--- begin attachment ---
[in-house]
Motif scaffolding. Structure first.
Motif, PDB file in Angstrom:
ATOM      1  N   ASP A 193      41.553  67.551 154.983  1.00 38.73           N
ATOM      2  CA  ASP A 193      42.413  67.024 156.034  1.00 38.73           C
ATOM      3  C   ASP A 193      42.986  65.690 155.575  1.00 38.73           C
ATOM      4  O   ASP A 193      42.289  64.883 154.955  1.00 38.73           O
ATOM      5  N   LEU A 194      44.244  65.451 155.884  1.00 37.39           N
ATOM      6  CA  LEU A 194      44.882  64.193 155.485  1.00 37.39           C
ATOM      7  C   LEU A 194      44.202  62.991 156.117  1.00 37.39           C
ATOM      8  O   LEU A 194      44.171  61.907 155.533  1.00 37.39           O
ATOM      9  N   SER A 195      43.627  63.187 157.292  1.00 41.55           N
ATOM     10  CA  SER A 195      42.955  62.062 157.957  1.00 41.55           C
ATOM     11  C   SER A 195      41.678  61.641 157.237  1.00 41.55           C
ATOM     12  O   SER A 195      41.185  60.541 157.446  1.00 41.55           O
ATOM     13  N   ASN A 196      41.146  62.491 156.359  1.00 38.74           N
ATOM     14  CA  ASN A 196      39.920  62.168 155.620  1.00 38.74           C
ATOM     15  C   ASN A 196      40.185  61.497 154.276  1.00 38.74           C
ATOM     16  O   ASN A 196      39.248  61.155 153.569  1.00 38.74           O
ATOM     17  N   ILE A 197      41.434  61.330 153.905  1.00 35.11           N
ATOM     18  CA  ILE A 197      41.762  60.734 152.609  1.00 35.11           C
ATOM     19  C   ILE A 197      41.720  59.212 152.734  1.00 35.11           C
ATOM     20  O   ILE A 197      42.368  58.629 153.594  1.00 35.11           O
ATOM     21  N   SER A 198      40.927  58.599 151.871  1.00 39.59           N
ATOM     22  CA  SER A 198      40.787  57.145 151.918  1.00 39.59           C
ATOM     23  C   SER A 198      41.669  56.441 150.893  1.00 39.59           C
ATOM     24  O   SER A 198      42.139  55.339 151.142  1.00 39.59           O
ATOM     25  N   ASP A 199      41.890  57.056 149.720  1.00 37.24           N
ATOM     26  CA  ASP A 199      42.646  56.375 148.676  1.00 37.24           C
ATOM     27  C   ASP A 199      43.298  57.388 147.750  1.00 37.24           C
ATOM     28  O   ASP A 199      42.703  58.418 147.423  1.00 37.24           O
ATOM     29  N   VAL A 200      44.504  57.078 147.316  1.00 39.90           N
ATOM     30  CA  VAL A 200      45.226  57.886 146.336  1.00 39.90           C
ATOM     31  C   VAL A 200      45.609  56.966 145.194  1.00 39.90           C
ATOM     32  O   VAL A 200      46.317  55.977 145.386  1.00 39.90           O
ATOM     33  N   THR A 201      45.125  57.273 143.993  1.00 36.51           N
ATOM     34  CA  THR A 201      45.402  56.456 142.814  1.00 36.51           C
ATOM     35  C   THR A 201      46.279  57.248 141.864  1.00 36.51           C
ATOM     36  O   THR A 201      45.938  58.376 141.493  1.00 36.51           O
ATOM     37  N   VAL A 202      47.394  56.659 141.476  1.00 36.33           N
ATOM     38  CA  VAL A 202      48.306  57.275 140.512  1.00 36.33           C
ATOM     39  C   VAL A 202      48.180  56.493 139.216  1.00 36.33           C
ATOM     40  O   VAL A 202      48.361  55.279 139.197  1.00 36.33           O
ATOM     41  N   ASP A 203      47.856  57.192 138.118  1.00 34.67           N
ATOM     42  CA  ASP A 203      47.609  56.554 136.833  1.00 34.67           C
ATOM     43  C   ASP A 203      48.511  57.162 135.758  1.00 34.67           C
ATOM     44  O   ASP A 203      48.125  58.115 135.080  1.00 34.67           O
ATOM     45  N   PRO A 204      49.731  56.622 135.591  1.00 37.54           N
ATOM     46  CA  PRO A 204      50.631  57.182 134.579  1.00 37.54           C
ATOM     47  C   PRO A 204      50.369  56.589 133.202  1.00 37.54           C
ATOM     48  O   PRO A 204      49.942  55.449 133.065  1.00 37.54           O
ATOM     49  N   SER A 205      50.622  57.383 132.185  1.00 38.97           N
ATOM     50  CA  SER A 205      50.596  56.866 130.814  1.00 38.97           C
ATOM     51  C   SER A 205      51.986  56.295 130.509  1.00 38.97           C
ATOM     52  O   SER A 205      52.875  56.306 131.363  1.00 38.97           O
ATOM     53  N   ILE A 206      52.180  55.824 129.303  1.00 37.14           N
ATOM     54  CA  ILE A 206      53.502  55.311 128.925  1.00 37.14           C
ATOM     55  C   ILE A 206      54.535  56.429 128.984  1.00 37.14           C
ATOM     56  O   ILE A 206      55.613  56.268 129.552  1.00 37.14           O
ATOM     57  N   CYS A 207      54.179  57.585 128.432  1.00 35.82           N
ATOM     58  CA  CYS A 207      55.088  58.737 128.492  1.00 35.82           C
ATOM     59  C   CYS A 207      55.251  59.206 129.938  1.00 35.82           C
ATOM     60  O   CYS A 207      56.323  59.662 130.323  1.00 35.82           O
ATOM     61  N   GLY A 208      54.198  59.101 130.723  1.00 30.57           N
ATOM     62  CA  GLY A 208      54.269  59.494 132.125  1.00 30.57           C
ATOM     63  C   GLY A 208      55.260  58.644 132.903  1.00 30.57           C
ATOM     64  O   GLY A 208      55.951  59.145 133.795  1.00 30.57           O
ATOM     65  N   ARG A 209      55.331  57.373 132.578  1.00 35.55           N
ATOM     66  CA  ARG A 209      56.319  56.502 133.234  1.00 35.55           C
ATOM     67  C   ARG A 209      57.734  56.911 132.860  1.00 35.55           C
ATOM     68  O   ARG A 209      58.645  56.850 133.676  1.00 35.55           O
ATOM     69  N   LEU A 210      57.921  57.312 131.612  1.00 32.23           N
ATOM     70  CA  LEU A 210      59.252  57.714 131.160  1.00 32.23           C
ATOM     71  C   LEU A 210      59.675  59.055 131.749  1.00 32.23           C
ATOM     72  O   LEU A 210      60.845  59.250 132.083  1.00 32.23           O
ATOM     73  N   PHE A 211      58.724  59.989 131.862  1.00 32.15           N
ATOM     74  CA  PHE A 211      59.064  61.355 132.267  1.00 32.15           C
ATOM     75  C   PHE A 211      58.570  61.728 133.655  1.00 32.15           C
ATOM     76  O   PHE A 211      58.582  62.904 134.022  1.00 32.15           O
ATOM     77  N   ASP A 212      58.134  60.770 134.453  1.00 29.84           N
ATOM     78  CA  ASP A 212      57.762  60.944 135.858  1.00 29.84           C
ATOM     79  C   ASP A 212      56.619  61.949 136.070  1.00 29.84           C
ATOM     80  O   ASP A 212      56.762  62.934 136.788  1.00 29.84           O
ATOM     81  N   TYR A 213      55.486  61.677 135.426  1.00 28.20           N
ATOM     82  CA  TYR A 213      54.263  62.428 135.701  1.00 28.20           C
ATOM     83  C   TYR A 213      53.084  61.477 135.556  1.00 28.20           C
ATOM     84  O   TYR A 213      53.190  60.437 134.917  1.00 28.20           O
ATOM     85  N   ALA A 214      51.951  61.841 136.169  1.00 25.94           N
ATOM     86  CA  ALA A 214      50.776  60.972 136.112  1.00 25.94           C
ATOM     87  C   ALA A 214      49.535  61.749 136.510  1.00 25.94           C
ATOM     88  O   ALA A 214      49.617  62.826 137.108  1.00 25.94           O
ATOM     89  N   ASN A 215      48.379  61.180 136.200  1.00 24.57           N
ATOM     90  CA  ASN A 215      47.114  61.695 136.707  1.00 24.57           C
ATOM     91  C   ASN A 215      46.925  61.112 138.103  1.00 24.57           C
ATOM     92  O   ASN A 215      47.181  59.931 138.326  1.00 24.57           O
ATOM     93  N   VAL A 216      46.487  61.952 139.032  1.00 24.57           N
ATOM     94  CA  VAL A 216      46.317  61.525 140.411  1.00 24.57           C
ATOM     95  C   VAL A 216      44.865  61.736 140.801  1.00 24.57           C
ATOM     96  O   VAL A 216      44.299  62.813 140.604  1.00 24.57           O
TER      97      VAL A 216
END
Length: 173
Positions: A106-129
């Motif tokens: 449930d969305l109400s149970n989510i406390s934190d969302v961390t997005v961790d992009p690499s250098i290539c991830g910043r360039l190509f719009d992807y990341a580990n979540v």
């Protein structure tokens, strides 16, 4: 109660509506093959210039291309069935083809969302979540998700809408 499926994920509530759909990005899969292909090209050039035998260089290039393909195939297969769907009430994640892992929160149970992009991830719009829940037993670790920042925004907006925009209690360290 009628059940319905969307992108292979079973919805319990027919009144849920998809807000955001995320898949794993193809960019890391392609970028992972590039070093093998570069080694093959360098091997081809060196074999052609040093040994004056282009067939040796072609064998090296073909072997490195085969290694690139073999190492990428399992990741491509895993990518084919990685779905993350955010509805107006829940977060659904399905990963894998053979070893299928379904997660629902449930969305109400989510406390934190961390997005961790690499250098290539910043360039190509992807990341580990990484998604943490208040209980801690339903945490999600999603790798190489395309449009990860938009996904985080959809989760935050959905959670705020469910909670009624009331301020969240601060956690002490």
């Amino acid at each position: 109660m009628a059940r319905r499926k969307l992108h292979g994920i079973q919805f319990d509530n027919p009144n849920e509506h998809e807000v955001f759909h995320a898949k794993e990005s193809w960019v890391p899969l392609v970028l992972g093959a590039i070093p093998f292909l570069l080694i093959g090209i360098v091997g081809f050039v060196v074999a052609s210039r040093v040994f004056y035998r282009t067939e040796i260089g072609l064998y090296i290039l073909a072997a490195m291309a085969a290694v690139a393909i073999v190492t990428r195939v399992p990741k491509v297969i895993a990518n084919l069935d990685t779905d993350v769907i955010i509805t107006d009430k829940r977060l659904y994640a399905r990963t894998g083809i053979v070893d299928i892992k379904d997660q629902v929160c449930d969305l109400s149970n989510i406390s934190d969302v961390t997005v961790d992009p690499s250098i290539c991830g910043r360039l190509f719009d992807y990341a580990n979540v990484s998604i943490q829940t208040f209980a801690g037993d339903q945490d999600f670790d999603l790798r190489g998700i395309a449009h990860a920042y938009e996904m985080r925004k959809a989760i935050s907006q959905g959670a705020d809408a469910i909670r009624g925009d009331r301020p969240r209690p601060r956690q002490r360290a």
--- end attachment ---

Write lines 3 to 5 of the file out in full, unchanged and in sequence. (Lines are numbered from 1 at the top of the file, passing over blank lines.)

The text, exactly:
Motif, PDB file in Angstrom:
ATOM      1  N   ASP A 193      41.553  67.551 154.983  1.00 38.73           N
ATOM      2  CA  ASP A 193      42.413  67.024 156.034  1.00 38.73           C